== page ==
Where do the Threats End? EU Baffled by American Bullying on Iran, Trade and Diplomacy

Amid these crazy developments, it's interesting to see what will happen to Europe. Given its current position, Europe, in fact, doesn't have any good options. The European Union is fighting on two fronts — with Russia in the east and now the USA in the west. Unwillingly. Of course, Merkel keeps repeating that Europe should stand on its own feet, but it is still murky. If they got on well with Russia, their natural ally in all respects, then, Washington would treat European leaders differently.

So far, Trump's only gesture of attention that Macron received was that bit of "tactile diplomacy," in which the American brushed some dandruff off the Frenchman's shoulder, and then, not so subtly, told everyone about it. Macron preferred to laugh off Trump's avuncular grooming as he hoped for something more.


Having asked Trump humbly not to quit the nuclear deal, Macron drew a blank. The French president started singing a different tune. Here's his comment on the American ultimatum to Europe demanding that it join anti-Iranian sanctions to the detriment of their own economy.

Emmanuel Macron: "Do we accept the power of others, or even tyranny over ourselves? Who has the right to decide for us in trade? Are they not the same people who threatened us because the rules didn't suit them anymore? We chose to build peace in the Middle East, while other powers do not keep their word. Should we give in to policies that make things worse?"

We can understand Macron. Top French companies — Airbus, Total, Renault, Peugeot — had invested a lot in Iran since sanctions were lifted. Well, what now? Will it go down the drain because of someone's stupid hardheadedness? Why? In Germany, these are such industrial giants as Volkswagen and Siemens. By the way, the EU imports huge amounts of oil from Iran. Should it now refuse it upon US request? Oil prices have soared from $60 to $78 since February. What's next? Add aluminum prices that soared by 20% thanks to Trump, and threats to increase import tariffs to effectively block car exports from Europe. Where does it stop?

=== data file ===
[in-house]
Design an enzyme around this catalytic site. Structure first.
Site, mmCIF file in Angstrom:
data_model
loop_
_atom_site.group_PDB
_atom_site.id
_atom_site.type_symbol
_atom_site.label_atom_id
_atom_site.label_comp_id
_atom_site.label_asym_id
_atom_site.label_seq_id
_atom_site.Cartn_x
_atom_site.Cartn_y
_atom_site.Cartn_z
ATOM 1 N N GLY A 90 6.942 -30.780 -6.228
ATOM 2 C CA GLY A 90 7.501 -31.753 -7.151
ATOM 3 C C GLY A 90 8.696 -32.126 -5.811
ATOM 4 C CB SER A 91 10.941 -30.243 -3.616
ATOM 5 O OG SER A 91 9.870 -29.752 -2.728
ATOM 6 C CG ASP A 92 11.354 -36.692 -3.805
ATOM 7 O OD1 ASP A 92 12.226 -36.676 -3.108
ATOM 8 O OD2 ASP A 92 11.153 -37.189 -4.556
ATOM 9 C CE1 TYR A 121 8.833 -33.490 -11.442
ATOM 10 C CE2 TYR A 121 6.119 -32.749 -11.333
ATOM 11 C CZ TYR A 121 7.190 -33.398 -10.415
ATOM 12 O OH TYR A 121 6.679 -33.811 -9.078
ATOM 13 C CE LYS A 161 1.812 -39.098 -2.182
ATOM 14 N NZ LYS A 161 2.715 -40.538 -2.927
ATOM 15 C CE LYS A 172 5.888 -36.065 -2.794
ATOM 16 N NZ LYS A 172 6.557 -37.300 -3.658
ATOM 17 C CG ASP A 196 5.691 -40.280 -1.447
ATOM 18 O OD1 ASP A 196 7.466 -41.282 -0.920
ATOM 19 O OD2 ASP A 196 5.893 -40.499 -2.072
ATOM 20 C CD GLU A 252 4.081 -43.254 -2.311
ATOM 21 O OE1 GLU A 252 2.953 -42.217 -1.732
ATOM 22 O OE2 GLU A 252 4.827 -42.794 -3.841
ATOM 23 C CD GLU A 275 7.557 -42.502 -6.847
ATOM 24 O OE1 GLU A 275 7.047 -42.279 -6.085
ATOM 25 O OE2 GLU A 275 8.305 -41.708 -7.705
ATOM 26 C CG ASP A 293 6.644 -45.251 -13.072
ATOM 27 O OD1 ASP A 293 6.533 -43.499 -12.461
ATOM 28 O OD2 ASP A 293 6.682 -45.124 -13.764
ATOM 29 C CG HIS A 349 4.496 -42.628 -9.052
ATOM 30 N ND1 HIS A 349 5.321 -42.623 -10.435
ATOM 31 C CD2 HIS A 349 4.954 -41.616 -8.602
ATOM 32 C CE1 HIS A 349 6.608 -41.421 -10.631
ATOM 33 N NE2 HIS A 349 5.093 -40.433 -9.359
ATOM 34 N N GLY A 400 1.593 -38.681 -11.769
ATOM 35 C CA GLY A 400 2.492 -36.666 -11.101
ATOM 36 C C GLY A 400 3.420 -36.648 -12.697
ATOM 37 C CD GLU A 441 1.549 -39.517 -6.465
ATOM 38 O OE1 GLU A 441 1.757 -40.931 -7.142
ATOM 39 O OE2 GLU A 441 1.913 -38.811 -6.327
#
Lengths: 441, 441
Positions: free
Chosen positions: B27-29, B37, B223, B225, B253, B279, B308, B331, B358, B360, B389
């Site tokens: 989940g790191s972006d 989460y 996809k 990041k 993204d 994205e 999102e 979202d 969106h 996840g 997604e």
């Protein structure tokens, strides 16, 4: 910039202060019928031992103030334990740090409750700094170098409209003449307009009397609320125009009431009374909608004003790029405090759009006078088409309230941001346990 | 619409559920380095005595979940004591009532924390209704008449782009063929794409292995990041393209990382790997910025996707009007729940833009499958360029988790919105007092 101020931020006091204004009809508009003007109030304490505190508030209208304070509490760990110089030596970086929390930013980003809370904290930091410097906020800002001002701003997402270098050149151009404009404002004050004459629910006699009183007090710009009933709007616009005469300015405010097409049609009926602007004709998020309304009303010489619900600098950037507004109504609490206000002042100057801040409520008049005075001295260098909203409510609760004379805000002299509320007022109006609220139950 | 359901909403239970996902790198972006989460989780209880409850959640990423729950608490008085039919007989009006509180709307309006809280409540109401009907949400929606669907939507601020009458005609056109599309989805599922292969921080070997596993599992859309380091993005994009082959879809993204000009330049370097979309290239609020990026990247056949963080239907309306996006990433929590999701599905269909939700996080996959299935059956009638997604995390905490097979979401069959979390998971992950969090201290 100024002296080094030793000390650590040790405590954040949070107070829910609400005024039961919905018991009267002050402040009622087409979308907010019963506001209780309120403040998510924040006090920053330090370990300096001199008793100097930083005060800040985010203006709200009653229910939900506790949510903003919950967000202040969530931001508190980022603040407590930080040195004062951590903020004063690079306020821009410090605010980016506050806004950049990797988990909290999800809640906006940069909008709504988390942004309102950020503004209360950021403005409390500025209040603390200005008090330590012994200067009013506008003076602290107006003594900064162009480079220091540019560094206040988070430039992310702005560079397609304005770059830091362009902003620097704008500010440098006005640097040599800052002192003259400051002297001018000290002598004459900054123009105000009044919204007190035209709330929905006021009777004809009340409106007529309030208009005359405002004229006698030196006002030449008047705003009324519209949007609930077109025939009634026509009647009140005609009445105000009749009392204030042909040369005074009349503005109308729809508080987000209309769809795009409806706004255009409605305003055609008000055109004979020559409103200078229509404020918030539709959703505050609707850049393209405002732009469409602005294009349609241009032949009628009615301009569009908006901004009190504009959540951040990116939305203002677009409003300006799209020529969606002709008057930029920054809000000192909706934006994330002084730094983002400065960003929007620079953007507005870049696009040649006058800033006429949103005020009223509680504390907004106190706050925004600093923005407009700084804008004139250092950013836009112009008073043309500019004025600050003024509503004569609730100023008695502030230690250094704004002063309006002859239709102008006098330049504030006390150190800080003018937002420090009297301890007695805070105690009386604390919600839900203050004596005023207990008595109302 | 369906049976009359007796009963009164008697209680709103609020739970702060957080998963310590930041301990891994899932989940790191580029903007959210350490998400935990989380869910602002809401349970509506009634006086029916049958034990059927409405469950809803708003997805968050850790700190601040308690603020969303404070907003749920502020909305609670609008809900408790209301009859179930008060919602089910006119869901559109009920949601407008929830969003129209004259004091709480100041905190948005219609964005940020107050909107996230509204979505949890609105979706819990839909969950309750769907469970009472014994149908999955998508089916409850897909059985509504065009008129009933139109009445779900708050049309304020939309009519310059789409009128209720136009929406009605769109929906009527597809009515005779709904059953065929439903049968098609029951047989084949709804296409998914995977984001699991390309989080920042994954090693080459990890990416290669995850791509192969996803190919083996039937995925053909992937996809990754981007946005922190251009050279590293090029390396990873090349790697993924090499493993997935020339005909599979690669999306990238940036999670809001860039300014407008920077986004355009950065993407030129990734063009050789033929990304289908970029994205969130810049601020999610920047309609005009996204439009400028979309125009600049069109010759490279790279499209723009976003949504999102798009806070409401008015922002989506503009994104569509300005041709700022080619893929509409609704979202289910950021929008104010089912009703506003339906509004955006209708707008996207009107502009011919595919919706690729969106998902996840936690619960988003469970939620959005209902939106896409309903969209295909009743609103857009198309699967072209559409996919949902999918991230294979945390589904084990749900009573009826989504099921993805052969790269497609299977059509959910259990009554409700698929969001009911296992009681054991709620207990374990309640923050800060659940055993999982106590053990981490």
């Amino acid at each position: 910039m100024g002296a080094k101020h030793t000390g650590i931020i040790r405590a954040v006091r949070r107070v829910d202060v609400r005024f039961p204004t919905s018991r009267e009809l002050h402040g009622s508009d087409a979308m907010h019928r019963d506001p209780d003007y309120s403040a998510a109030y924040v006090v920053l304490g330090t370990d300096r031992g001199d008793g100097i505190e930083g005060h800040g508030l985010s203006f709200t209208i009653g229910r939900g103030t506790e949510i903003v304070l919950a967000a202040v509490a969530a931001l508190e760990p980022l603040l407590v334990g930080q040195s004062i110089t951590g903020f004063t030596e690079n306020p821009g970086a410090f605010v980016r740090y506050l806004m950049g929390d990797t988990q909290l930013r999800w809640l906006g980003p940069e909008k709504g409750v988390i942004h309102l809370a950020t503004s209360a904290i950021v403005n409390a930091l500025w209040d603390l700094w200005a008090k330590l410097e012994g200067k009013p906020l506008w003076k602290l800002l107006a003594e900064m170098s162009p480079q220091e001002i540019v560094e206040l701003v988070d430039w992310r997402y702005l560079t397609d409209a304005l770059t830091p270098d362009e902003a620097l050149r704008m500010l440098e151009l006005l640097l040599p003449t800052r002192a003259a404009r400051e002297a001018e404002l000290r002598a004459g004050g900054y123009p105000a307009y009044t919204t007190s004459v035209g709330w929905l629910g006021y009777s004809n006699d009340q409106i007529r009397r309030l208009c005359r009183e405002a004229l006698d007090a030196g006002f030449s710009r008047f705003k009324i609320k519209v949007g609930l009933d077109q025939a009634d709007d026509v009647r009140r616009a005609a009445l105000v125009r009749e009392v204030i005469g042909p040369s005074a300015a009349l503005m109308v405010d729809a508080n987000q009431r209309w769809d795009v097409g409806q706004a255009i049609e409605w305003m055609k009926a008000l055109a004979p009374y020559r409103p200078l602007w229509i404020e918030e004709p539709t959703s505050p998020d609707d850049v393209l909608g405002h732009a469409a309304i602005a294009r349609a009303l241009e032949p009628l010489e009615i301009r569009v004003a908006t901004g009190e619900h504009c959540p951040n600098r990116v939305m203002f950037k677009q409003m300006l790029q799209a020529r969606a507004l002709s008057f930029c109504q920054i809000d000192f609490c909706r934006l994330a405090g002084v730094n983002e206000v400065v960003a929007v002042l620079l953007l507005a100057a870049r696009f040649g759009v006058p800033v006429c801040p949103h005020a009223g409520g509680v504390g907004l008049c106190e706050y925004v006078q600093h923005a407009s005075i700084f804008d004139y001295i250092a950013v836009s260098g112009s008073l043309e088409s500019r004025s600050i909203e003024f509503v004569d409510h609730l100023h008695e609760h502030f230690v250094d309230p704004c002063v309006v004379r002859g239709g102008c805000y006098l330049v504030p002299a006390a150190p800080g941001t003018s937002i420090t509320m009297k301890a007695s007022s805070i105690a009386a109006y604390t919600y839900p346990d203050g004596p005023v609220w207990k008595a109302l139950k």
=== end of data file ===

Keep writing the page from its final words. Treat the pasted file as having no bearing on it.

Mindful of the bitterness of the situation, German Chancellor Merkel admits.

Angela Merkel: "EU joint foreign policy is in an infantile state. For our existence, it's vital that we make progress in this area, since the nature of conflicts has changed dramatically since the Cold War".

These words are very significant; they are an admission that the EU is stuck in Cold War-era thinking despite the fact that today's conflicts have changed, and the recognition that there is actually no EU foreign policy. The only joint venture that the European Union has are the sanctions against Russia. But Merkel herself calls such behavior infantile, that is capricious and unreasonable. Can her words be interpreted differently? What behavior and foreign policy of the EU can be called mature today?

In my opinion, an answer has been given by the head of the European Commission Jean-Claude Juncker.

Jean-Claude Juncker: "We must learn to talk with the Russian side on an equal footing. We Europeans sometimes think that we are the boss of the world. We forget that we are part of the universe, we suffer economic and demographic losses. We must indeed listen to the rest of the world".

This was said back in late April. And here's what Juncker said on Friday in Brussels: "At this point, we have to replace the United States, which has lost vigor as an international actor, and because of it, in the long term, influence."

OK, but how can the EU, which is losing ground globally, replace the United States without a broad, trust-based, sincere interaction with Russia?